Did you know that at any given time, about 25 percent of the population is carrying around staph bacteria on their skin? Staphylococcus, is a type of bacteria responsible for boils, impetigo, cellulitis, and also styes on the eye, and it is fairly common.
Even though its so common, most people dont know how to tell when theyre getting an infection until it really starts to bother them, and for children this is especially important. Read on to find out why.
Staph can be transmitted by way of contaminated objects, and also by skin-to-skin contact. Individuals who suffer from burns or eczema are more likely to contract a Staph infection.
Staph infections can easily spread from one individual to another especially in close living conditions like families, and college dorms. This can happen when items are shared such as towels, bed linens, or clothing. Warm, and humid environments can also contribute to the spread of Staph.
Staph skin infections are the most common, but Staph infections can affect other parts of the body too.
Signs you may have a Staph infection- symptoms:
1. Redness of skin in the growth of a pimple or blister. It will sometimes be swollen and painful.
2. Lymph nodes in the armpits, neck, or groin becoming swollen and/or tender
3. A patch of skin which has been scraped or cut turning sore, swollen, feeling hot, or producing pus.
4. Boils or other skin lumps
5. Peeling, blistering, or scaling of skin (most frequently in infants and young children)
Types of Staph Infections
If you have Folliculitis, you will notice tiny white-headed pimples appear at the base of hair shafts with perhaps a small red area around a pimple. This can happen as a result of shaving or when skin is rubbed and irritated by clothing.
A boil, or otherwise called a furuncle, is a swollen, red, and painful lump on the skin. This lump is usually filled with pus and grows larger and more painful until it ruptures and drains. These are usually found on the face, neck, buttocks, armpits and sometimes on the inner thigh area. If you have a cluster of furucles it is called a carbuncle. If you have a carbuncle you are usually ill and have a fever.
Methicillin Resistant Staph Aureus, or MRSA, is a type of staph superbug that does not respond to antibiotics and is highly contagious. The seriousness of the infection and the fact that it is resistant to most antibiotics is what scares people. The fact that people die from MRSA skin infections alarms a lot of people including parents, school officials and community members.
Part of why people are afraid of MRSA is that you can become infected by having physical contact with someone who is already infected with MRSA. Another way to become infected with the MRSA skin infection is to come into contact with an object that was touched by someone with MRSA. Objects can be door handles, sinks, towels, bed linens, newspapers and books.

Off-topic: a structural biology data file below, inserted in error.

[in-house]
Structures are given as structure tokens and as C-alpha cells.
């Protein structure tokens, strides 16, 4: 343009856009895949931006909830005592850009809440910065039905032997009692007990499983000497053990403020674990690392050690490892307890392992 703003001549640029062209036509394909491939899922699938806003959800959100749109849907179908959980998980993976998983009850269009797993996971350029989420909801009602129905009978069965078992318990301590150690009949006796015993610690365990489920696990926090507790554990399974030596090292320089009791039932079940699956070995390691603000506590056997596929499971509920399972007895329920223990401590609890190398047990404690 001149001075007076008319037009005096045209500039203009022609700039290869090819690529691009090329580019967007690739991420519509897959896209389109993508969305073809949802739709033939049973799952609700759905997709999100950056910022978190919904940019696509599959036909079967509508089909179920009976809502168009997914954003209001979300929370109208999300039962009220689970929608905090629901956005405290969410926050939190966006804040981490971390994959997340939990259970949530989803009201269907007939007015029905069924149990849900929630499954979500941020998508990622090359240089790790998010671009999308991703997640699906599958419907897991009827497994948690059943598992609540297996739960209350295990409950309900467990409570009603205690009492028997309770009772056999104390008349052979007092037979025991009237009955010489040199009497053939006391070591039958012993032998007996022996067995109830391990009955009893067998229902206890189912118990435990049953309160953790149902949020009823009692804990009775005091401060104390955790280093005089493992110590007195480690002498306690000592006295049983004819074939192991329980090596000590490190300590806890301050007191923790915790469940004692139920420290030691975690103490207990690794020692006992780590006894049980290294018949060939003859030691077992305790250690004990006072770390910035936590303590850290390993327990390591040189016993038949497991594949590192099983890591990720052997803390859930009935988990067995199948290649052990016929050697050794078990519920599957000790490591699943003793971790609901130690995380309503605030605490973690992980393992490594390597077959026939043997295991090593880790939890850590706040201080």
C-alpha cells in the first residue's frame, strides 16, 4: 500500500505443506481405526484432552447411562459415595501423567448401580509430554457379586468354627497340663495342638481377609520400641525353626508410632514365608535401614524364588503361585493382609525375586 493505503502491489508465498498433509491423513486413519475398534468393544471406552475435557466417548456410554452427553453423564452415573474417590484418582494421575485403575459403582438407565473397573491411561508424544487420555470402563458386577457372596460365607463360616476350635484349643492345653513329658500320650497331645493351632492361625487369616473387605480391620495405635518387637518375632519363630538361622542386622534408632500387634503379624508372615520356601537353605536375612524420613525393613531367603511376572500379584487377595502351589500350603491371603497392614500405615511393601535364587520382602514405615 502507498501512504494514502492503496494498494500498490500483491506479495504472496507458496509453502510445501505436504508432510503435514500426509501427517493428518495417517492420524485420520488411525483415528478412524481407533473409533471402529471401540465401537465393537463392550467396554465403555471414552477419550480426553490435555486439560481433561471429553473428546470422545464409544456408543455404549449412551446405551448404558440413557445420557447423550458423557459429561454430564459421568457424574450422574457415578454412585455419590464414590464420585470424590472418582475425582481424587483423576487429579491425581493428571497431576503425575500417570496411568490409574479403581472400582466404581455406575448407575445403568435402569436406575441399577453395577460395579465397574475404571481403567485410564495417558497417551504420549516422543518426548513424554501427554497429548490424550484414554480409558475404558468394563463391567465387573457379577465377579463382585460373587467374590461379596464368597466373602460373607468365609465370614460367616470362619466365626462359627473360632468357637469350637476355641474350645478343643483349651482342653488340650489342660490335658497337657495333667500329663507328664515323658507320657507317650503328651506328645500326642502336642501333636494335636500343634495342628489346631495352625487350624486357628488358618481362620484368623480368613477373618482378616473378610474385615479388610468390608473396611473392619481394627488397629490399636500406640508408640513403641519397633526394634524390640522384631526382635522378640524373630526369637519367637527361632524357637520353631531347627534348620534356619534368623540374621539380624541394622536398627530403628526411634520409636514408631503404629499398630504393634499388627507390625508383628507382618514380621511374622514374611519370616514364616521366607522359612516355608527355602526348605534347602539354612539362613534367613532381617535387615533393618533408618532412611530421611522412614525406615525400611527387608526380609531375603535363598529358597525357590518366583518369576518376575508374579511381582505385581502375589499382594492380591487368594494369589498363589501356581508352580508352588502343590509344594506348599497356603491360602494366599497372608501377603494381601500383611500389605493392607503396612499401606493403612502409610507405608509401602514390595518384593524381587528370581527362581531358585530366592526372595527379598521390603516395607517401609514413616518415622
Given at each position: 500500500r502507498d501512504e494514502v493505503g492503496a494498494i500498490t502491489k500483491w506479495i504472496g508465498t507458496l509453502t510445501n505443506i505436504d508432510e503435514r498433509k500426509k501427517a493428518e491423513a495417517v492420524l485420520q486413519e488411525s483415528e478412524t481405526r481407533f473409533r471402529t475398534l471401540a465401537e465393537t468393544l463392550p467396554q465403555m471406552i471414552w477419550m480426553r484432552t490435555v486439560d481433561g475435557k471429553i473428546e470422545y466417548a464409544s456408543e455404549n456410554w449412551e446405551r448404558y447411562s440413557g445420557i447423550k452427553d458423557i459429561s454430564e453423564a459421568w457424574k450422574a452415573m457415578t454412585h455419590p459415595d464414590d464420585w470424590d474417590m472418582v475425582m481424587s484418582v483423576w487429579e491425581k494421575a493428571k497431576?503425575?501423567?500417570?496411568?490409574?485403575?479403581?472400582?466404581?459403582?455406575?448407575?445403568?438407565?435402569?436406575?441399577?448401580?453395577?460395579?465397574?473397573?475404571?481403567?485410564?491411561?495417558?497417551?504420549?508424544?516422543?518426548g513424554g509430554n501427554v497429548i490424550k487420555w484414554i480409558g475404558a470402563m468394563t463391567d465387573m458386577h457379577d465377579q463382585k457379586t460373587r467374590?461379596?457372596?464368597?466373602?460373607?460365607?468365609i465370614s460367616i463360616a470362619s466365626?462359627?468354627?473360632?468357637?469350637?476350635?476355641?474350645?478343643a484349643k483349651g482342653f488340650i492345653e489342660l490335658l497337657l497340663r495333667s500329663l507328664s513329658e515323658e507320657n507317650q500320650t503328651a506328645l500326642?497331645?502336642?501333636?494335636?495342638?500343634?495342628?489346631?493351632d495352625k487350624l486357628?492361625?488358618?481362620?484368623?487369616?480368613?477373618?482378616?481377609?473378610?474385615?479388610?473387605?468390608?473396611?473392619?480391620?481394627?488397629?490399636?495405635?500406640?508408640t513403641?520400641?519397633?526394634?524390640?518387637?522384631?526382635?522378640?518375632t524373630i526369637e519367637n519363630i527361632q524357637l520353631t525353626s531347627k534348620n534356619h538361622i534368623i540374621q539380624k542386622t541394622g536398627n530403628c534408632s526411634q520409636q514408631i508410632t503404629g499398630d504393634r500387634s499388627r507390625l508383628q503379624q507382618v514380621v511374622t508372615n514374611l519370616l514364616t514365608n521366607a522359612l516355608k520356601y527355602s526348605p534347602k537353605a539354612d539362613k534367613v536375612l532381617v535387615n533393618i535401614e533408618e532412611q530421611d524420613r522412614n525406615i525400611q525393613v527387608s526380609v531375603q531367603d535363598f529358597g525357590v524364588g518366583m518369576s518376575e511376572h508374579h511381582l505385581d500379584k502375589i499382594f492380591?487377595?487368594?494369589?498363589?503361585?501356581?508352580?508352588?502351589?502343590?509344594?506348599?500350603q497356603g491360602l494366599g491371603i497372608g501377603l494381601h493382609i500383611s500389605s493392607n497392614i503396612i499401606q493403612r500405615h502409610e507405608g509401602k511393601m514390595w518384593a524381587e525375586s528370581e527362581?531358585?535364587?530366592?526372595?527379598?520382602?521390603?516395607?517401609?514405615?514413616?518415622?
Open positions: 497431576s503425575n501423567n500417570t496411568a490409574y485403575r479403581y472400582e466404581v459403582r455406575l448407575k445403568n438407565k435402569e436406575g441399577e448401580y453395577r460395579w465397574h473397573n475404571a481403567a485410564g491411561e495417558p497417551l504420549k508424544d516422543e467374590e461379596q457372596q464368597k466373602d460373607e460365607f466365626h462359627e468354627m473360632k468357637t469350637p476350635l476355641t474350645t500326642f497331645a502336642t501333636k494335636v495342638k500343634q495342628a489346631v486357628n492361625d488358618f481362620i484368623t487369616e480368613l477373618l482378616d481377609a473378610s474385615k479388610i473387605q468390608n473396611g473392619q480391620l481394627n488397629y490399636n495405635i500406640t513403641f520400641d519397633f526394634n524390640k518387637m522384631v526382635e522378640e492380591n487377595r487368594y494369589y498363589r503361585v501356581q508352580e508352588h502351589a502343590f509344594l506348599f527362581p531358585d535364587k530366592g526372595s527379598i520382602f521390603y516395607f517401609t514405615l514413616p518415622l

Young kids get impetigo, an infection of the superficial skin and usually occurs on the face, hands or feet. Impetigo usually starts out as a pimple or bump that then becomes a blister and then develops a light brown crust. Impetigo is highly contagious.
Staph infections on the eyelid are called hordeolum or stye. It is a red, warm, uncomfortable feeling and sometimes-painful swelling near the edge of your eyelid.
Washing the skin with an antibacterial cleanser and then applying an antibiotic ointment and covering the skin area with a clean dressing can treat most of these Staph infections at home.
If the skin infection should worsen, by becoming larger or getting very red and hot to the touch, you should see a doctor immediately. If the area is large and pus-filled it may need to be drained by a doctor.
How to Prevent Staph Infections:
Good hygiene is the best prevention. Wash your hands often, use a hand sanitizer and bath or shower daily.
Keep skin areas that have been injured, clean. Always wash cuts, scrapes, eczema or other rash areas and cover them to keep dirt and germs out.
If someone in your dorm or family has a Staph infection, do not share towels, bed linens or clothing with them.
Do not touch a Staph infection as this can help to spread it to other parts of your body.
Staph infections can take up to 20 days to heal without treatment. Receiving medical treatment will speed up the healing process.
You can soak the skin in warm water or apply warm washcloths to the area to help relieve pain. Acetaminophen can be taken 3 or four times a day to relieve pain. You can also take ibuprofen to reduce pain also.
Use a warm compress over the stye on the eye 3 or 4 times each day. It should disappear after a few days, if not see a doctor, for a topical ointment.
Photo: Fiona Pragoff /, Wellcome Images